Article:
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Dafydd Stephens (2 July 1942 – 2 July 2012) was an audiological physician, holding the post of Honorary Professor of Audiological Medicine at the Cardiff University School of Medicine at Cardiff University. He was also a visiting professor at Swansea University and the University of Bristol. He previously worked as a consultant audiological physician at the Welsh Hearing Institute, University Hospital of Wales.
The only son of teachers, he lived his early life in Purley, south of London, and took his medical training at Charing Cross Hospital, where he was an active cross country athlete; in 1965 he took part in the Ben Nevis Race. He was also a keen birdwatcher in his younger days, and retained an interest in the natural world throughout his life. He started his career in audiology as a research fellow at the University of Iowa in 1962, where he first met Ronald Hinchcliffe, who remained a friend throughout his life. His work took him to London, Cambridge, Southampton and Denmark before he took up a post as consultant in audiological medicine at the Royal National Throat Nose and Ear Hospital in 1976. In 1986 he moved back to his native Wales, becoming the director of the Welsh Hearing Institute as well as consulting his work as an audiological physician and lecturer.
Dr. Stephens wrote and edited several books and had scholarly articles published in more than 400 publications in peer reviewed scientific journals and books. Over the years he served numerous professional bodies, committees and societies and he was one of the key people in establishing audiological medicine in the UK, having been appointed to the first post advertised in the specialty.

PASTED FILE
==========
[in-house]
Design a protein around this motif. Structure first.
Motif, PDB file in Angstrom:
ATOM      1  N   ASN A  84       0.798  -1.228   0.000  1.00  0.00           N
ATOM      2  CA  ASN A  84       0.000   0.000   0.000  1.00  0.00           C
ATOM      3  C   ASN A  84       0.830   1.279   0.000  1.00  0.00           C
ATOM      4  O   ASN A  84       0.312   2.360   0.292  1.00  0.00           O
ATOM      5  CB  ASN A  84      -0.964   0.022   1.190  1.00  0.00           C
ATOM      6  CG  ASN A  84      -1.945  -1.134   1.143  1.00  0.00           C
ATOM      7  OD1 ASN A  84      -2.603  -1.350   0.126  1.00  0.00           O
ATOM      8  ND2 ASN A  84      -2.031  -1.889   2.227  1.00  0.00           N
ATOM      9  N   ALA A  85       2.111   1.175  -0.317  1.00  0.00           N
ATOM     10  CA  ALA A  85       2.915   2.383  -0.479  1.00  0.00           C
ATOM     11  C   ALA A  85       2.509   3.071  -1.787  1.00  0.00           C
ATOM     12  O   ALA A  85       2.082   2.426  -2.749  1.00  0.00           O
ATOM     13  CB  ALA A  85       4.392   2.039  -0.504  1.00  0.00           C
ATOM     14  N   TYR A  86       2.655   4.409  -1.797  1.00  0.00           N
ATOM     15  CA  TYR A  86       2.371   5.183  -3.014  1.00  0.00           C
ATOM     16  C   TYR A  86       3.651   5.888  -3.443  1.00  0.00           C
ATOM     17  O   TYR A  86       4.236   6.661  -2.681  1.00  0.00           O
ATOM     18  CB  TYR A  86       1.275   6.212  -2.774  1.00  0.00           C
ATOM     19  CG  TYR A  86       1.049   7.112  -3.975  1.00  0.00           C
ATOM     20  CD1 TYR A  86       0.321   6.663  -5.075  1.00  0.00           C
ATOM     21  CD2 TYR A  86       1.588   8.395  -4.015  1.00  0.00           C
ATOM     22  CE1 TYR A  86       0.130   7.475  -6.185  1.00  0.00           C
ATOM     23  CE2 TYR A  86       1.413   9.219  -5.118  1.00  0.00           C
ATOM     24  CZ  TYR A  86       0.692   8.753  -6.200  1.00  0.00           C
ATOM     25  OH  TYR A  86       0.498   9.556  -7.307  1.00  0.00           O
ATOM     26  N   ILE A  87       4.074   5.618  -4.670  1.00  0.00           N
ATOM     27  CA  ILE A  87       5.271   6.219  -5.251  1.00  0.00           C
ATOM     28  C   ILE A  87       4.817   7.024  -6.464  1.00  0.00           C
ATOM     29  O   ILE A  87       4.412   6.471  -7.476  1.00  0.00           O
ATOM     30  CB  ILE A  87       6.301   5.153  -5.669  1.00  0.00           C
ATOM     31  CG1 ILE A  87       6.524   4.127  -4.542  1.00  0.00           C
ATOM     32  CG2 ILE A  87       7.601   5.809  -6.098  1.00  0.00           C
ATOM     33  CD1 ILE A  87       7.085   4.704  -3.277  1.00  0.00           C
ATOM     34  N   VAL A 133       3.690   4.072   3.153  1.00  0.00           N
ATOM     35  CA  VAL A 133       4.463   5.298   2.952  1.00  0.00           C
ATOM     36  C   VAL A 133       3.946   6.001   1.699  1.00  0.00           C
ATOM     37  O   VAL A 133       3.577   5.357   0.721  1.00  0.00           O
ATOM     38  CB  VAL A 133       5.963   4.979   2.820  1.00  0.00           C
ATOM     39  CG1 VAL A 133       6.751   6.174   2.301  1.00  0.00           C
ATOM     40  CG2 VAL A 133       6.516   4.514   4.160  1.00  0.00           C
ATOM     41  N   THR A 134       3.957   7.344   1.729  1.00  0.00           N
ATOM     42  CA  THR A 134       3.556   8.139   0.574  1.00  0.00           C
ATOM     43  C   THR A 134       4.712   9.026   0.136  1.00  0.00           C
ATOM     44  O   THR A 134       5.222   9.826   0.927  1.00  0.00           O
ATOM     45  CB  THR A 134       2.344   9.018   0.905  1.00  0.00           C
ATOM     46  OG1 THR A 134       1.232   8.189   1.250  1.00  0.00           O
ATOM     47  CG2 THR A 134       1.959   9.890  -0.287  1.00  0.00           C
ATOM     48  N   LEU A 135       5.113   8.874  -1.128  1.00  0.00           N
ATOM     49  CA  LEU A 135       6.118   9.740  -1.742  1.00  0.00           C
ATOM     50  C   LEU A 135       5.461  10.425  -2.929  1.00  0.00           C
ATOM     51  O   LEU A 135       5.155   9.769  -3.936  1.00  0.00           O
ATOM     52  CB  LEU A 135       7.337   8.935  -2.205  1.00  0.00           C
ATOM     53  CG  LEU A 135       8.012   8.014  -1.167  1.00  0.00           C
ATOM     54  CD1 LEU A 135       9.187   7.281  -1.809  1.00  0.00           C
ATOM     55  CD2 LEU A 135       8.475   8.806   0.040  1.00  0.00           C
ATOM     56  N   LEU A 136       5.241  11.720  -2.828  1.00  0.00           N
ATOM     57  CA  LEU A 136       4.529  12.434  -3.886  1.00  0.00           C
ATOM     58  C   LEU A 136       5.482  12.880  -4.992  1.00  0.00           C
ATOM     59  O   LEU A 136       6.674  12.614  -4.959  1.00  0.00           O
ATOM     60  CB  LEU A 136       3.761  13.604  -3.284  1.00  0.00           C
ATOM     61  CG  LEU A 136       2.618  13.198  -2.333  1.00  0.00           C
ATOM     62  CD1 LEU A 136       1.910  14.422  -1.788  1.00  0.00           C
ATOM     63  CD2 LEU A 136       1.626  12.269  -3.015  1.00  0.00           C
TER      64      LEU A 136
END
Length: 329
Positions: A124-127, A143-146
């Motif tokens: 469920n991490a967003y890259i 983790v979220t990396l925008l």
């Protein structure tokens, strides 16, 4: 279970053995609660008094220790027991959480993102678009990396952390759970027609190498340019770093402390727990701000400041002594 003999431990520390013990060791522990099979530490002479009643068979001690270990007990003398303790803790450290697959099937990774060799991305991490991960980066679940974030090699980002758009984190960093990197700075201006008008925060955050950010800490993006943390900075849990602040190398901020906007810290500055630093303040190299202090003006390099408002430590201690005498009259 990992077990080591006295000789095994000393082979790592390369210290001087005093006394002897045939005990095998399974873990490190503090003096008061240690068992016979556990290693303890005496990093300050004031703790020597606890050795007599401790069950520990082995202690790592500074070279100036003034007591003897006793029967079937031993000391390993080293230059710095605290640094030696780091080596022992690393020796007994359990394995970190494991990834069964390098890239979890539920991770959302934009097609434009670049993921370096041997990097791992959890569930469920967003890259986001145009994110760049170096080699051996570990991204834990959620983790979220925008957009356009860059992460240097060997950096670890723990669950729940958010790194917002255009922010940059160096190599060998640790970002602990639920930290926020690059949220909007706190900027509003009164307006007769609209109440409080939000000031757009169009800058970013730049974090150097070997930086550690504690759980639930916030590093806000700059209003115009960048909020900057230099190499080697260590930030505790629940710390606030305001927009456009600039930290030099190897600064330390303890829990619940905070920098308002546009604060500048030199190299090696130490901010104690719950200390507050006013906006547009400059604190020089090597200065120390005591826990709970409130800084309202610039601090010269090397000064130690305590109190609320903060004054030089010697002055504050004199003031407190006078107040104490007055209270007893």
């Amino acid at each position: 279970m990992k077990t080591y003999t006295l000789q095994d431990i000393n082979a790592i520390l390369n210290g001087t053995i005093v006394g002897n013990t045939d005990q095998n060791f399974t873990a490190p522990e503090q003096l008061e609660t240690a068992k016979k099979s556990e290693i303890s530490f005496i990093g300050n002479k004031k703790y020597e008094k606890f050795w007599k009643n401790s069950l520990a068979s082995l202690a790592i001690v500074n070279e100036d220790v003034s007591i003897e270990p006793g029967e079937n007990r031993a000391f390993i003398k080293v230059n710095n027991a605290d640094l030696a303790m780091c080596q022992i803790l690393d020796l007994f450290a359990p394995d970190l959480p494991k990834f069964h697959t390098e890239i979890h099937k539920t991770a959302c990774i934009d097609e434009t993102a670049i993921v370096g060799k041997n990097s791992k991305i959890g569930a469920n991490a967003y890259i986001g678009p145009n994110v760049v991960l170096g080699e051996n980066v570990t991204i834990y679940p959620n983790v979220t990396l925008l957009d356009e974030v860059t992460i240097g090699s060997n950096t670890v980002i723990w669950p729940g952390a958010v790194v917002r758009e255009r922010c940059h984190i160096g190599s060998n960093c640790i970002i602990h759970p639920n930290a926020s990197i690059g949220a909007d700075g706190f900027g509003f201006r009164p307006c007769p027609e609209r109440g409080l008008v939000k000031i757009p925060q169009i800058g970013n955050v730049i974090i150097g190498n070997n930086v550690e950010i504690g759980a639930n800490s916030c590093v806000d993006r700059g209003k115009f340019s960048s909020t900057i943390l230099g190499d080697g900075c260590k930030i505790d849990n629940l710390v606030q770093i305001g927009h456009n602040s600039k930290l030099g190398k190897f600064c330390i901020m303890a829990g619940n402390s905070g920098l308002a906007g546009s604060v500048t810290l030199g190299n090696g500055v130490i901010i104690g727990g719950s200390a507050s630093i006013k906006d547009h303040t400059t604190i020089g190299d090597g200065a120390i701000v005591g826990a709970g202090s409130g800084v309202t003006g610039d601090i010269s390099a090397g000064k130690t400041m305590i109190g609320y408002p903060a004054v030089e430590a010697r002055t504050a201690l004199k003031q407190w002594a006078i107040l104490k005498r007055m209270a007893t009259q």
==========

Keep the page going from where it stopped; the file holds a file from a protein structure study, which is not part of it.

Though Stephens published his research in almost all the areas related to ear and hearing healthcare, he took special interest in genetic hearing impairments, the epidemiology of hearing loss, audiological enablement/rehabilitation, tinnitus and the History of Audiology. In audiological medicine, Professor Stephens was considered an authority in the field of genetic hearing impairment. In general, his work was mainly towards establishing more patient-centered and holistic approach to clinical practice.
Although he retired from clinical work in September 2005, he remained active in audiology, mainly in teaching and research and was involved in many multi-centre national and international studies. He was also actively involved in contributing to various international conferences around the World as an invited guest speaker. In addition, he was an editorial board member for various scientific journals including International Journal of Audiology (IJA), Audiological Medicine, Australian and New Zealand Journal of Audiology (ANZJA), International Journal of Qualitative Studies on Health and Well-Being . He also shared in founding the international Association of Pysician in Audiology and was its first Honorary Secretary.
Stephens died on Monday 2 July 2012.